The high point of last week's Bay Area debacle was the first half against California, where Washington State fought the Bears to a near draw at halftime. Then after the game, Cal coach Mike Montgomery virtually tosses that performance under the bus, telling the San Jose Mercury News "We were not ready to play. We were late getting onto the floor to shoot, late coming into the locker room. There were no knees bouncing, there was nothing bouncing."
Coach speak? Perhaps. But Monty proved it might have been true after the Bears ran WSU out of the gym during the second half, outscoring the Cougars 42-22.
So we move on. Move on to a couple old friends, the oldest in Cougar basketball history in Oregon and Oregon State. No schools have played more games against Washington State than the Beavers (288 games) and Ducks (285).
Better still, these are teams Washington State can, and probably should beat at home. Oregon has a four-game losing streak after starting 13-0, and is a last-second overtime win over Utah away from a winless Pac-12 record. Nothing less than a split this week is acceptable if the Cougars want to provide a shred of hope.
The Cougars have had decent recent success against the week's first opponent, Oregon State. WSU has won two of the past three games and six of the past eight against the Beavers. Since 2007, it's been a series dominated by the Cougars, with a 12-4 record against OSU.
Oregon State is coming off a solid 80-72 win over Oregon, a team that has bedeviled the Beavers in recent years. The Beavers are capable; they have a win at Maryland, as well as Stanford, a team that handled the Cougars last week.
But OSU's biggest problem is consistency. You never know when the Beavers will show up. The Beavers rarely seem to play well in back-to-back games. Coming off a nice effort against Oregon, you half expect OSU to go through the motions against the Cougars, given the Beavers' track record this season. So we'll see.
Oregon State's star is senior guard Roberto Nelson, the Pac-12's leading scorer at 21.5 points a game. Nelson, touted as a difference-maker since he signed at OSU four years ago, rarely disappoints, scoring at least 20 points in 11 of the Beavers' 17 games this season. Nelson is a terrific shooter, who averages 88 percent from the free throw line and 39 percent from 3-point range.
Last year, Nelson had two of his lowest scoring Pac-12 games against Washington State, with 14 and 17-point performances.
The Beavers could be on the brink of a breakout as forward Eric Moreland returned to the lineup five games ago following a long suspension. The 6-10 junior is rounding into form, with double-doubles in his past three games.
The forward-heavy Beavers also can expect to get strong performances from forwards Devon Collier (14.4 ppg, 7.2 rebounds) and Angus Brandt (12.4 ppg, 4.5 rebounds).
As for the Ducks, recent success hasn't been on WSU's side. Oregon has a five-game winning streak over the Cougars, including a sweep last year. The Ducks have won eight of the past nine against WSU, starting with a double-overtime win in 2009. This has tended to be a streaky series, as prior to WSU's recent slide against Oregon, the Cougars won five consecutive games. That five-game winning streak brought an end to six-year winless drought against the Ducks.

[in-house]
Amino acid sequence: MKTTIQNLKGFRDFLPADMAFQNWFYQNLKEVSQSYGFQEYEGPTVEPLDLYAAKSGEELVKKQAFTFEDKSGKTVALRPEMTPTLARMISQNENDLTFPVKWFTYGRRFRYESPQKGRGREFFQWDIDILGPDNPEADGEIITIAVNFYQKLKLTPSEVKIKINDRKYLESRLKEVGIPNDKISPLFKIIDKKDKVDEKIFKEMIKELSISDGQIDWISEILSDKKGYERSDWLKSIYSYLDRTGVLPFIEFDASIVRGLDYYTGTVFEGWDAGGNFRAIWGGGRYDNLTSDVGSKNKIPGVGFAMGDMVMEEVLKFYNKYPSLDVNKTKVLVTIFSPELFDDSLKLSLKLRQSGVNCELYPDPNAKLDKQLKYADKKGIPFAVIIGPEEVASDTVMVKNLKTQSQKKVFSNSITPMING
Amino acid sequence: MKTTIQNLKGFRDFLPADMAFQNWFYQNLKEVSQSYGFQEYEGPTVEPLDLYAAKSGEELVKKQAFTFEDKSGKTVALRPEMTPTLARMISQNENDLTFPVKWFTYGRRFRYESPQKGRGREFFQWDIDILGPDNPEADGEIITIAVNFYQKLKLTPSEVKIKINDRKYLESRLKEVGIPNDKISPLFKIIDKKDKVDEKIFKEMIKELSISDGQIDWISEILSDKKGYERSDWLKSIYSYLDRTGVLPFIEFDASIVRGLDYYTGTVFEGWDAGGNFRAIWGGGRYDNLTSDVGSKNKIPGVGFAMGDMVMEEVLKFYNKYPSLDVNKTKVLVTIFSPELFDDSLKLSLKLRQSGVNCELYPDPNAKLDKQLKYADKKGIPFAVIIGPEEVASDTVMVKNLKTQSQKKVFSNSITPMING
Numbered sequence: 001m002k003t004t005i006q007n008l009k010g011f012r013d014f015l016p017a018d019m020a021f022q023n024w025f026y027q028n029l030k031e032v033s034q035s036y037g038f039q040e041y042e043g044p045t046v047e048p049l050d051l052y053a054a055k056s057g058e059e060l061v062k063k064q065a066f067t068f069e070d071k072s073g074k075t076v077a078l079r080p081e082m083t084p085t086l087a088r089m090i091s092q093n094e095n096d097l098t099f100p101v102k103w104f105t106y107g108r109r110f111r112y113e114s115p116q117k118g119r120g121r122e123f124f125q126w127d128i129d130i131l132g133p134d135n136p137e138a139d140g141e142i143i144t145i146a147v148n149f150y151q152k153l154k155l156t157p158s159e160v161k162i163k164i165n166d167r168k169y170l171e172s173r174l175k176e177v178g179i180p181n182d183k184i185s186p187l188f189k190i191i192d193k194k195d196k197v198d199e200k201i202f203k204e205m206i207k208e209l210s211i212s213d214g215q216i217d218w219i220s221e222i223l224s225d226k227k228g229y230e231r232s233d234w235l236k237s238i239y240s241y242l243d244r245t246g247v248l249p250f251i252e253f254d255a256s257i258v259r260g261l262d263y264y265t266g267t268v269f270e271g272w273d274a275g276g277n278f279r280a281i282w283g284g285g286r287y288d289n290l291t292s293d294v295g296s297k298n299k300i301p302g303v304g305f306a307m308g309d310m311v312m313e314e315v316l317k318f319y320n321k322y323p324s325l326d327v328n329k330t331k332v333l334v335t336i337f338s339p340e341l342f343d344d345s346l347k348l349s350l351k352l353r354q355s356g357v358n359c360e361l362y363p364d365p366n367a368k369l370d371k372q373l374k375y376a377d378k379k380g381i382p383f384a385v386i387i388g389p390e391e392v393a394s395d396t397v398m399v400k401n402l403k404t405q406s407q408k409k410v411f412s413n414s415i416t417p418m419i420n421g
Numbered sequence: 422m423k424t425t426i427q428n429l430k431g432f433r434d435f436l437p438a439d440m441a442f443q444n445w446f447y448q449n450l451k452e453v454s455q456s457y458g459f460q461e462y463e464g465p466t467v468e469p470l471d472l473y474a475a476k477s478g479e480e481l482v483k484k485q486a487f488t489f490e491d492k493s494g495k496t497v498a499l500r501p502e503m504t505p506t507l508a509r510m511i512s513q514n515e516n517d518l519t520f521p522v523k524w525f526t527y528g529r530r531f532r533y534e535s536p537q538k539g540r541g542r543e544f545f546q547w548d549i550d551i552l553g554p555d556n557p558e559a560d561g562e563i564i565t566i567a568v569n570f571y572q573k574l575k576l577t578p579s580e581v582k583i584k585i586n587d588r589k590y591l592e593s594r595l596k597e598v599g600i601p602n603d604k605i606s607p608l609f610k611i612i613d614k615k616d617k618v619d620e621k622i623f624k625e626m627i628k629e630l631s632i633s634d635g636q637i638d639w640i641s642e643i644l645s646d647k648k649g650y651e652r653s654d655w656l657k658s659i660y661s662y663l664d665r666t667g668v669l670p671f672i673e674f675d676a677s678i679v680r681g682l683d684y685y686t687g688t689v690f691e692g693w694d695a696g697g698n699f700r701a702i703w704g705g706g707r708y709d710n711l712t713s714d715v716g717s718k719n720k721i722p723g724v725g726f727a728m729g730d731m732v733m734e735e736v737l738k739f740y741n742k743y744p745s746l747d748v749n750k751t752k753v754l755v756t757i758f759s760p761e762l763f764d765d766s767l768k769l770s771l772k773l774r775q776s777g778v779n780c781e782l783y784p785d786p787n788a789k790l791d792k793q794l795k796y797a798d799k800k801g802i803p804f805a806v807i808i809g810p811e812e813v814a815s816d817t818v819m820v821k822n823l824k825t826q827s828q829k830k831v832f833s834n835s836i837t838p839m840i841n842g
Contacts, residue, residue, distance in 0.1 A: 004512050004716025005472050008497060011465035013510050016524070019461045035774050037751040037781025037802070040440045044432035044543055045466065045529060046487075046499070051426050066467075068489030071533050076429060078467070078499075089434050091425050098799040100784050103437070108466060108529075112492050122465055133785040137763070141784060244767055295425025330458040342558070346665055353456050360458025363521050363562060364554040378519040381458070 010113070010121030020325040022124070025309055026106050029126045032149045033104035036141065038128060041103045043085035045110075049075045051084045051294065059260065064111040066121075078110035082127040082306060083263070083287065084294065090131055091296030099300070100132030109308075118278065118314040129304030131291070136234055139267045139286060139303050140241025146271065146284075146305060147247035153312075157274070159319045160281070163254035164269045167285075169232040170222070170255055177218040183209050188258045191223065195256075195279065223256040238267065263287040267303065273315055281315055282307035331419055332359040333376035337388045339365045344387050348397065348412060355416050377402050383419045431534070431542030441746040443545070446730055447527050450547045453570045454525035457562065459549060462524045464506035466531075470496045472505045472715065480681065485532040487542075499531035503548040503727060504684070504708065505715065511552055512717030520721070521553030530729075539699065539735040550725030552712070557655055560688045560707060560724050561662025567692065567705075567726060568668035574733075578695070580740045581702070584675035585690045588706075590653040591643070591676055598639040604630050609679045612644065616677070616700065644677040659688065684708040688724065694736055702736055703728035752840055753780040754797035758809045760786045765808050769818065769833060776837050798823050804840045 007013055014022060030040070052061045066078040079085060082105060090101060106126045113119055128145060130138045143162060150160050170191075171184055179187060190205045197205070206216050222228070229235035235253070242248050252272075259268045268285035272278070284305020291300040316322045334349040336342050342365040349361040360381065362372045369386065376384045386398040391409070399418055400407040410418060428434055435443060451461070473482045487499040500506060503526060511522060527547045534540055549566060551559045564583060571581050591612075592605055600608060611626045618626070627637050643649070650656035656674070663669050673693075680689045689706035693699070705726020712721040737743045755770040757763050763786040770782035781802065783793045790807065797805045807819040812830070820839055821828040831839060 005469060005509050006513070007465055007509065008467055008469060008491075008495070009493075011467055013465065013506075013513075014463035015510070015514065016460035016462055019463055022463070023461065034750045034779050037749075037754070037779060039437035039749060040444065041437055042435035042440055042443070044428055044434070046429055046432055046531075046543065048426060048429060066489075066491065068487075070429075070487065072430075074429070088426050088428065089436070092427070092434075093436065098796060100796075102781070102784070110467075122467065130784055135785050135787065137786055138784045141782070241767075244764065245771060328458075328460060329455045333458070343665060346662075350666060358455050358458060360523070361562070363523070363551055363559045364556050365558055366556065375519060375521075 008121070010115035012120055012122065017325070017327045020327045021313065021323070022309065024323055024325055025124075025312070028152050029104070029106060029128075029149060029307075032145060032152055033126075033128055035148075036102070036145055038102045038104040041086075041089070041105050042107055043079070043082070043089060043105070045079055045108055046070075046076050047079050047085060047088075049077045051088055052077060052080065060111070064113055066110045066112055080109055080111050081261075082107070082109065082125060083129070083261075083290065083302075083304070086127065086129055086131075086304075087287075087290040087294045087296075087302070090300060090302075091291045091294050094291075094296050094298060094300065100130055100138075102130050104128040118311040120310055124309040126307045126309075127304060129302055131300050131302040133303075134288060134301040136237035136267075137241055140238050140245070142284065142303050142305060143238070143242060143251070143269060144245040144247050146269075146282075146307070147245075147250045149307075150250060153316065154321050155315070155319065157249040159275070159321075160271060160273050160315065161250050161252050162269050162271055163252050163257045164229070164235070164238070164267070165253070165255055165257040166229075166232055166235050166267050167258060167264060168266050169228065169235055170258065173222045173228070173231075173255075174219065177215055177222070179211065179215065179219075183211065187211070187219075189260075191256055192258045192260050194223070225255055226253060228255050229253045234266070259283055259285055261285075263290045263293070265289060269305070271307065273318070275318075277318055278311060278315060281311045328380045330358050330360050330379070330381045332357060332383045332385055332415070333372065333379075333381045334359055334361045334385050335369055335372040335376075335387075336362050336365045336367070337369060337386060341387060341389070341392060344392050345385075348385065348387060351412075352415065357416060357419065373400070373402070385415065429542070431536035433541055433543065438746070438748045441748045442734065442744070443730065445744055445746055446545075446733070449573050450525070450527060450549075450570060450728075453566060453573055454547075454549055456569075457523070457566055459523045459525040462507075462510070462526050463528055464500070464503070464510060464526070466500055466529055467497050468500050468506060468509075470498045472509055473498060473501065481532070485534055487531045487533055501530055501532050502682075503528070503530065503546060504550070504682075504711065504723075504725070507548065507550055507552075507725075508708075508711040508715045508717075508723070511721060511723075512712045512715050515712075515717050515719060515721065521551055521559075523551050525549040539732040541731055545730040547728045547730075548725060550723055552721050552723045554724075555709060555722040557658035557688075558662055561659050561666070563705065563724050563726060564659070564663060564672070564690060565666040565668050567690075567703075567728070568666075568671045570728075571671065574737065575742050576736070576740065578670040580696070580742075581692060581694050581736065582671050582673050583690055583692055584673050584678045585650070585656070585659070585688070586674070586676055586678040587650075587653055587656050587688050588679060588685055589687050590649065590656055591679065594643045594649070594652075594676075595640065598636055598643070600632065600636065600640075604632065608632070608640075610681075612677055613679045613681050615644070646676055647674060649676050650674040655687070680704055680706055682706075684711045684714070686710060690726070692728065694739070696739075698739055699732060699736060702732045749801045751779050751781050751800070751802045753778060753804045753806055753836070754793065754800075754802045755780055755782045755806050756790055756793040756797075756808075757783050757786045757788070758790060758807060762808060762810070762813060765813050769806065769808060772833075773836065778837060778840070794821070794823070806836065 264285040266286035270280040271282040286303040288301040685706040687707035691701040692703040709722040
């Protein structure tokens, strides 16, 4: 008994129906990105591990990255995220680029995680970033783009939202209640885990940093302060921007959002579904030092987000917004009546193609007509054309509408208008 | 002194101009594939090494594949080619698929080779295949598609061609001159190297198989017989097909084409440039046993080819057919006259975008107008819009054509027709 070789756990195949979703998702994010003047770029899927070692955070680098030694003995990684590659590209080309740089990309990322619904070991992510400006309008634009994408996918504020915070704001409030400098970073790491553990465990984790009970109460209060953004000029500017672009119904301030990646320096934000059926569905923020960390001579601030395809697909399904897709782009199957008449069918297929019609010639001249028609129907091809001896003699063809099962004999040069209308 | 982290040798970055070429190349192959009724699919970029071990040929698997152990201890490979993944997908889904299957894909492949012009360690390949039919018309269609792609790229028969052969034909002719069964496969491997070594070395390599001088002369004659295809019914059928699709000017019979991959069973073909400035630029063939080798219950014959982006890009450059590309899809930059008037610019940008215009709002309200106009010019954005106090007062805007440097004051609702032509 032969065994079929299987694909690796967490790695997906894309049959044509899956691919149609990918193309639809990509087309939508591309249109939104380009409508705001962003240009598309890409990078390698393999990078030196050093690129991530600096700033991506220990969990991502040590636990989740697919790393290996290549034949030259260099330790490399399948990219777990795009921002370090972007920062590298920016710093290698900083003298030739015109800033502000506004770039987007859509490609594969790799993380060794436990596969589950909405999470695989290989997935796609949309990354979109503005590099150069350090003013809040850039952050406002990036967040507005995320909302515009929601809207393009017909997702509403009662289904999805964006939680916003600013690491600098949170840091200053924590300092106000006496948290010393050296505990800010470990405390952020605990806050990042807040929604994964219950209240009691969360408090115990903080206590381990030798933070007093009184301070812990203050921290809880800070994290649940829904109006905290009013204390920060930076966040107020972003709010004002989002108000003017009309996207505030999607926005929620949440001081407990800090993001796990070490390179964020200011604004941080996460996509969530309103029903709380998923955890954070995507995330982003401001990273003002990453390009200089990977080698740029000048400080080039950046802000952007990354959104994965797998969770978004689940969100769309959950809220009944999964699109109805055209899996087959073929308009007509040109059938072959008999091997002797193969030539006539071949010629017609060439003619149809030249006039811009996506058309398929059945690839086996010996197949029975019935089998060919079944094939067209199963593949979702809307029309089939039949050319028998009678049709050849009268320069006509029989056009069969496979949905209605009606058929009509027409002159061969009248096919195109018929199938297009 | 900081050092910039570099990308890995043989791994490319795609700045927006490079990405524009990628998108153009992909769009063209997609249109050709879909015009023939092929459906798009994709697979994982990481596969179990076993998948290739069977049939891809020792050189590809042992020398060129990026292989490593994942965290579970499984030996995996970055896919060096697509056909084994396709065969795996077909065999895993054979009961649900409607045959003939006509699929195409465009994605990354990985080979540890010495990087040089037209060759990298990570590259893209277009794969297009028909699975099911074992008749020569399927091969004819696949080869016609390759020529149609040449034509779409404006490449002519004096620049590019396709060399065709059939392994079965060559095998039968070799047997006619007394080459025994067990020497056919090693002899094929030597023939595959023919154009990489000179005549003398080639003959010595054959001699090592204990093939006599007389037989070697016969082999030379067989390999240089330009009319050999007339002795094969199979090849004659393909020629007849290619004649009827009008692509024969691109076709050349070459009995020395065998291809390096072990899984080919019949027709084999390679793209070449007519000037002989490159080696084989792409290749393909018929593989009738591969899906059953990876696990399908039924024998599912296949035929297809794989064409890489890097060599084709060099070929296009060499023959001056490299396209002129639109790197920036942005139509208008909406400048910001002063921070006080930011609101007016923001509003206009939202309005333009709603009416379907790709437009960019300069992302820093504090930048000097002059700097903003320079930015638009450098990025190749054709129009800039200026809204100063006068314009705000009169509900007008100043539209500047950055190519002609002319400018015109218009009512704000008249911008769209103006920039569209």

Oregon is falling as fast as any team in the country. Just three weeks ago the Ducks were 13-0 and among the country's top 10. But after consecutive losses to Colorado, California, Stanford and Oregon State, the Ducks are suddenly nowhere near elite, and in danger of falling from the NCAA Tournament picture.
Shoddy defense has been Oregon's problem of late. During this losing streak, Ducks' opponents are shooting nearly 52 percent. The Ducks showed flashes of being a good team during non-league play, with nice wins over Georgetown, Illinois and Brigham Young. Oregon will try to find that team again during its Washington trip.
If it weren't for Oregon's strong early-season play, you could say chemistry and familiarity are an issue for the Ducks, a team that relies heavily on transfers. Oregon's top two scorers this season were both elsewhere last year in Joseph Young (Houston), Mike Moser (UNLV) and Jason Calliste (Detroit). Combined, those three are averaging 44 points and 13 rebounds a game.
If the Ducks have a "glue-guy," it's senior guard Johnathan Loyd, who has been with the program for four years. Loyd is the team's best playmaker at six assists a game, and occasionally has spurts from 3-point range.
Regardless of the Ducks' recent skid, they are entertaining, leading the Pac-12 in scoring at 87.4 points a game (at the opposite end is Washington State, at 63.4 ppg).
This could be WSU's highest scoring game of the year, because not only does Oregon push the tempo and score in bunches, the Ducks – like the Cougars – are charitable with their field goal defense, each with a season average of .439. Que Johnson has been the go-to guy for the Cougs with Lacy out. He's led the Cougars in scoring six times this season and in each of the past three games. In six conference tilts, which account for six of his seven starts, he's averaging 14 ppg.
Read Nick Daschel's occasional Pac-12 ramblings at twitter.com/nickdaschel